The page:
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National Assembly to resuscitate Audit Bill

By The Nigeria Voice

The Senate and House of Representatives Public Account Committees have insisted that the Audit Bill that was passed in the 8th Assembly which President Muhammadu Buhari did not assent remains very sacrosanct and would be resuscitated by the 9th Assembly.

The Chairman, Public Accounts Committee of the Senate, Senator Matthew Urhoghide and his House of Representatives counterpart, Honourable Busayo Oluwole-Oke who co-chaired a session of stakeholders on the Audit Bill said the 9th National Assembly will breathe a new life into the Audit Bill and ensure its passage again.

Senator Urhoghide and Honourable Oluwole-Oke lamented that the nation’s current audit practice does not meet the global best practices and that necessary reforms that would empower and enable the office of the Auditor General of the Federation to function optimally and efficiently are imperative.

They spoke at a 3-day Stakeholders Consultative / Technical Session on the Audit Bill organised for members and staff of the Senate and House of Representatives Public Account Committees and the Office of the Auditor-General of the Federation (OAuGF) in Abuja, supported by PDF 11 and the DFID Funded Partnership to Engage, Reform and Learn (PERL).

The Head, Technical Support, Partnership to Engage, Reform and Learn (PERL) Engaged Citizens (EC), Mr John Mutu, who facilitated the session explained that it was aimed at finding a common solution to ensure that the audit bill succeeds in becoming a law.

Mutu explained that the main objective of the session is to provide a platform for the National Assembly's Public Account Committees (NASS PACs), the Office of the Auditor-General of the Federation (OAuGF) and the Presidency to reflect and review the Audit Bill so as to identify areas of concerns that that prevented the President from giving his assent to the bill.

Speaking further, Senator Urhoghide said that the nation would reap huge benefits if the Audit Bill becomes law as it would block revenue leakages and curtail corruption.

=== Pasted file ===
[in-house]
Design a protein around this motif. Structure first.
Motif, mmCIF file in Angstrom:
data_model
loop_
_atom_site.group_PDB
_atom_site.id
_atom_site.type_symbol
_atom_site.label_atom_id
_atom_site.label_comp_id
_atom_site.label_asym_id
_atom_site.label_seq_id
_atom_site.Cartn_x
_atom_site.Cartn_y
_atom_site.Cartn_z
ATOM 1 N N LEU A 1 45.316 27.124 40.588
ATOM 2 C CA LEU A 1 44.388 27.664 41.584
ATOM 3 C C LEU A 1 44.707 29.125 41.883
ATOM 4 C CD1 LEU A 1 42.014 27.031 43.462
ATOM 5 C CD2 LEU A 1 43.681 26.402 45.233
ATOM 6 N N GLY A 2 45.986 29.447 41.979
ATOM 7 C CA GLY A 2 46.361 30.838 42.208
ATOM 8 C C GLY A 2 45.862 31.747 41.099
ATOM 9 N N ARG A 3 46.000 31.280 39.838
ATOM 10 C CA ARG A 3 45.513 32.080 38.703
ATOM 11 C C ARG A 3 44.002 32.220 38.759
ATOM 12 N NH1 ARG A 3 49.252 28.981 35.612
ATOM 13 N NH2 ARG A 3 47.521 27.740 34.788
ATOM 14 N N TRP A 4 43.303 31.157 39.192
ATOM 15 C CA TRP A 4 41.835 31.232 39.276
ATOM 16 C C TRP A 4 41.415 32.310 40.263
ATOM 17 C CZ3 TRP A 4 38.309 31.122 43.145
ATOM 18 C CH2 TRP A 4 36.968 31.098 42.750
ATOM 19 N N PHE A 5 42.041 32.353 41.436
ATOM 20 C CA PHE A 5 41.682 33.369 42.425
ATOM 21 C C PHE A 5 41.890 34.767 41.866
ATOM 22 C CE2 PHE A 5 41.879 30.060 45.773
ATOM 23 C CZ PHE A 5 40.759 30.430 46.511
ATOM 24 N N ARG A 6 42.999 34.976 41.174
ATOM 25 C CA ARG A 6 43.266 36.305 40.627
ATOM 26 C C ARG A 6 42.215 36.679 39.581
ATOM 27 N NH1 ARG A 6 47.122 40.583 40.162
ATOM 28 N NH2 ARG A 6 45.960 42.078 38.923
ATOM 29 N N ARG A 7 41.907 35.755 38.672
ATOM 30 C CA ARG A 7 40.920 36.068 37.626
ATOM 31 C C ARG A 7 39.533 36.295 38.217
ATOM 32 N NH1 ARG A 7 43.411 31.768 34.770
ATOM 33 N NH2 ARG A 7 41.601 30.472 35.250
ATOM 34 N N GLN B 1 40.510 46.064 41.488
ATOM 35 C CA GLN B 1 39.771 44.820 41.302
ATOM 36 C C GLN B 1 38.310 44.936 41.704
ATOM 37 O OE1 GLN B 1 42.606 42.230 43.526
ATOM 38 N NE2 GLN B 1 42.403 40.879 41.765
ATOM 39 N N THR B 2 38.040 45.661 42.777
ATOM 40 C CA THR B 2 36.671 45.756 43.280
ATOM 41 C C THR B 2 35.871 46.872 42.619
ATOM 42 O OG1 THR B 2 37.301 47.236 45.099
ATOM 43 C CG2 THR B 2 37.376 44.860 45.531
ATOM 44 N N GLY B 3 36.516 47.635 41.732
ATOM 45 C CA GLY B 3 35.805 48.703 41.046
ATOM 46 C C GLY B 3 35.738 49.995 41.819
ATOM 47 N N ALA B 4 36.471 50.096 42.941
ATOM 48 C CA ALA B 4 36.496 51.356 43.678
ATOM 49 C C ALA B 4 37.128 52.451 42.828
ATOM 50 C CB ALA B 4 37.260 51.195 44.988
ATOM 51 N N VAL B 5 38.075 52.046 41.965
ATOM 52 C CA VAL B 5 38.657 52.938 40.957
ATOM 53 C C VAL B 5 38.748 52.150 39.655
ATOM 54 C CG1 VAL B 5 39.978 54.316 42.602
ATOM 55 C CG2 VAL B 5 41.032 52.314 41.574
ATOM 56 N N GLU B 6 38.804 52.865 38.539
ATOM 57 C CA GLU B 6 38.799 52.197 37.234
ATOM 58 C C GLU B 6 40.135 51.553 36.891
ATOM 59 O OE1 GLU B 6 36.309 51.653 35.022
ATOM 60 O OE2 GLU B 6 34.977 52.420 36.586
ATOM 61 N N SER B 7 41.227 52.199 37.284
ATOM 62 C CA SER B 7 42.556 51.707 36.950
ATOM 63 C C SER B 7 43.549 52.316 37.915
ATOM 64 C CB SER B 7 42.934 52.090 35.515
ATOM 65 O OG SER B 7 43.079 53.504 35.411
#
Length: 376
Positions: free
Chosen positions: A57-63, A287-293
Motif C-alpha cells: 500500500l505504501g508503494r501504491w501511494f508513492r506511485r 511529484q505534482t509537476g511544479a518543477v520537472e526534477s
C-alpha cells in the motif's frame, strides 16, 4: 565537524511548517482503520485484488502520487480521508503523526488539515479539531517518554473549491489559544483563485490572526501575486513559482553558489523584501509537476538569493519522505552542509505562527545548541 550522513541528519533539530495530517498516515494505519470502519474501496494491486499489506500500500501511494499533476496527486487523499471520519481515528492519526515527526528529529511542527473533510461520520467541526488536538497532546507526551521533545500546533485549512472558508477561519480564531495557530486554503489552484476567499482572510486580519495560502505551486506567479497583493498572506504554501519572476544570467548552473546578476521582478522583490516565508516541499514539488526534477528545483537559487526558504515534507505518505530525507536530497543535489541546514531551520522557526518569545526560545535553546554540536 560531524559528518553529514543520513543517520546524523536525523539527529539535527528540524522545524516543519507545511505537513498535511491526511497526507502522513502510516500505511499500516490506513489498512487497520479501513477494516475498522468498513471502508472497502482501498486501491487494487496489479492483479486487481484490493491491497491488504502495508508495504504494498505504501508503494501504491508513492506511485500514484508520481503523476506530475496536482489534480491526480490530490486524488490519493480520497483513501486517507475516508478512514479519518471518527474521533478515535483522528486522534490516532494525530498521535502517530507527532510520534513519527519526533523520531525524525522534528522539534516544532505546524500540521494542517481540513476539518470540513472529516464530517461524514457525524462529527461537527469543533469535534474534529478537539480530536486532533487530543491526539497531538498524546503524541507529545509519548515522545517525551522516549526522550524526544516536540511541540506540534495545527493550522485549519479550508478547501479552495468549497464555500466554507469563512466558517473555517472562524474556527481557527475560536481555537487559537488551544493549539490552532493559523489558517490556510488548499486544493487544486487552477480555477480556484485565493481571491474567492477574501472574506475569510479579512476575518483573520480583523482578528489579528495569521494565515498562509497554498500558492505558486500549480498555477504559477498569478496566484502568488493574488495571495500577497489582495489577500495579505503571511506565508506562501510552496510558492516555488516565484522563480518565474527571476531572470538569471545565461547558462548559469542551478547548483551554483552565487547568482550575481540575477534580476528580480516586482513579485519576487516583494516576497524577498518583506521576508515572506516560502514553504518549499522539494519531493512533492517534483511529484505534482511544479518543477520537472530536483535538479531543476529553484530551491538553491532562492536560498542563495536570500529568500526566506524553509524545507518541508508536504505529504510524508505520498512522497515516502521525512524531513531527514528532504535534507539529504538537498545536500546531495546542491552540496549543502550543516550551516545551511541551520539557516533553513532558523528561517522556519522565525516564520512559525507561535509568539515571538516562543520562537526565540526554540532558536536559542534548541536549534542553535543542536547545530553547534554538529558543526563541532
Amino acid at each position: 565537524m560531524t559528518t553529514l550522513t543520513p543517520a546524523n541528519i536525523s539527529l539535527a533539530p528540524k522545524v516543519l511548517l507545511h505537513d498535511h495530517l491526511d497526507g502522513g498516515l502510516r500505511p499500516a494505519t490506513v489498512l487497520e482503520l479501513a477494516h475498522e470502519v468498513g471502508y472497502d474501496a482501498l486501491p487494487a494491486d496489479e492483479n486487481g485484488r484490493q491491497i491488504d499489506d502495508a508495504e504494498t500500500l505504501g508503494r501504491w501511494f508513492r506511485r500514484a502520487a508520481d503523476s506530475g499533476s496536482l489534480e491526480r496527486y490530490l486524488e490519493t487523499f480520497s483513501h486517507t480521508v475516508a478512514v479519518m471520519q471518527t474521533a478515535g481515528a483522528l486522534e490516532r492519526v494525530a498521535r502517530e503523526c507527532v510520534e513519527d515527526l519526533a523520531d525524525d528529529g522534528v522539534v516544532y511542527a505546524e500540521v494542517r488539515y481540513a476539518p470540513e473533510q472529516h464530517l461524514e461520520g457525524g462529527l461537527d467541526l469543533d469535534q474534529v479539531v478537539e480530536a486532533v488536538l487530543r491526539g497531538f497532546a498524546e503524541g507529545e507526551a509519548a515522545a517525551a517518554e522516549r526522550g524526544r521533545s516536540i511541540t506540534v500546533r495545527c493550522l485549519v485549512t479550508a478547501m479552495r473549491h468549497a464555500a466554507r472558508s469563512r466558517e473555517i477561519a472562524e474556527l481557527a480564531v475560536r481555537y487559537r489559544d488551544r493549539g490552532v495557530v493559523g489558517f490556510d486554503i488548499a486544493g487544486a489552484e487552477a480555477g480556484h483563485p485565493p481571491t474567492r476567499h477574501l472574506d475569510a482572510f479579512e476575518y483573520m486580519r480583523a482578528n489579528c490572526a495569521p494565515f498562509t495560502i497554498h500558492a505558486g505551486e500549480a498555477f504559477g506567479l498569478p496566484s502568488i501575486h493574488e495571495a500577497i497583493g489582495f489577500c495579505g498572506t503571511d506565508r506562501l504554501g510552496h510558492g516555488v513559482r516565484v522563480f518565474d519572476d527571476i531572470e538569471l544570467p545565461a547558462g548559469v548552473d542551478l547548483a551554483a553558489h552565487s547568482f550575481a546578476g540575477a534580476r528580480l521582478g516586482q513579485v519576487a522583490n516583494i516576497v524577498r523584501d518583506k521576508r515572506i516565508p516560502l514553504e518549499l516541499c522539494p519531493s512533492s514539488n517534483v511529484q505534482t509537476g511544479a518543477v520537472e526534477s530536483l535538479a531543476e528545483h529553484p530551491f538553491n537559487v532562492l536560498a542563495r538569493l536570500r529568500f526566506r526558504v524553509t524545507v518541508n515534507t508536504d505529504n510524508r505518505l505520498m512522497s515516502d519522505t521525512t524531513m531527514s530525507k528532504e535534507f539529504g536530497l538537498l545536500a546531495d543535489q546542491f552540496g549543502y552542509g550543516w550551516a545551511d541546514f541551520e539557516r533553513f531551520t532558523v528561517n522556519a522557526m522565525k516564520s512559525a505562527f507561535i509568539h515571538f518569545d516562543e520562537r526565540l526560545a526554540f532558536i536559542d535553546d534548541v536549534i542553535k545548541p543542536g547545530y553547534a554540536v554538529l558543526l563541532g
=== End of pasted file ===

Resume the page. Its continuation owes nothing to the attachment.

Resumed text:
Urhoghide said “We have to ensure proper auditing of the spending of public money. If we strengthen the office of the Auditor-General, it will block leakages and we will save a lot of money and it this will also check corruption drastically".

Also, Honourao Oluwole-Oke said if the Bill becomes law, it would enable the Auditor General to carry out his duties very efficiently and effectively.

Oluwole-Oke said “Nigeria is a member of Comity of Nations and we have to work in line with the global best practices. Just imagine, look at the 2017 auditor’s report. Why should the Auditor General exonerate the same agency that the President queried?

He said the Audit Bill if passed and assented would help to curtail corruption in the country. “Unfortunately, the President withheld his assent even without giving reasons. Now the bill is dead constitutionally but we shall resuscitate it since our House rules give us provision to start from where we stopped in the 8th Assembly’.

Also speaking during the session, Senator Ibikunle Amosun and Senator Gabriel Suswam said necessary steps must be taken, including the audit law to eradicate corruption.

The National Team Leader, Engaged Citizens Pillar (ECP) of DFID’s Partnership to Engage Reform and Learn (PERL), Dr. Adiya Ode observed that the office of the Auditor General of the Federation plays a critical role in the fight against corruption which is one of the major agenda of President Buhari’s administration.

Dr. Adiya noted that if the government is really committed to fighting corruption, the audit law is a useful mechanism to achieve the objective. She said that having the audit law in place would strengthen the Auditor General to perform his functions well and also send signal to corrupt people that they would be exposed and prosecuted.

Various experts and scholars in their various presentations during the technical session, unanimously maintained that without the audit law in place, it might be very difficult to achieve thorough auditing and that the nation’s revenue would continue to leak particularly in the government agencies that generate revenue for the nation.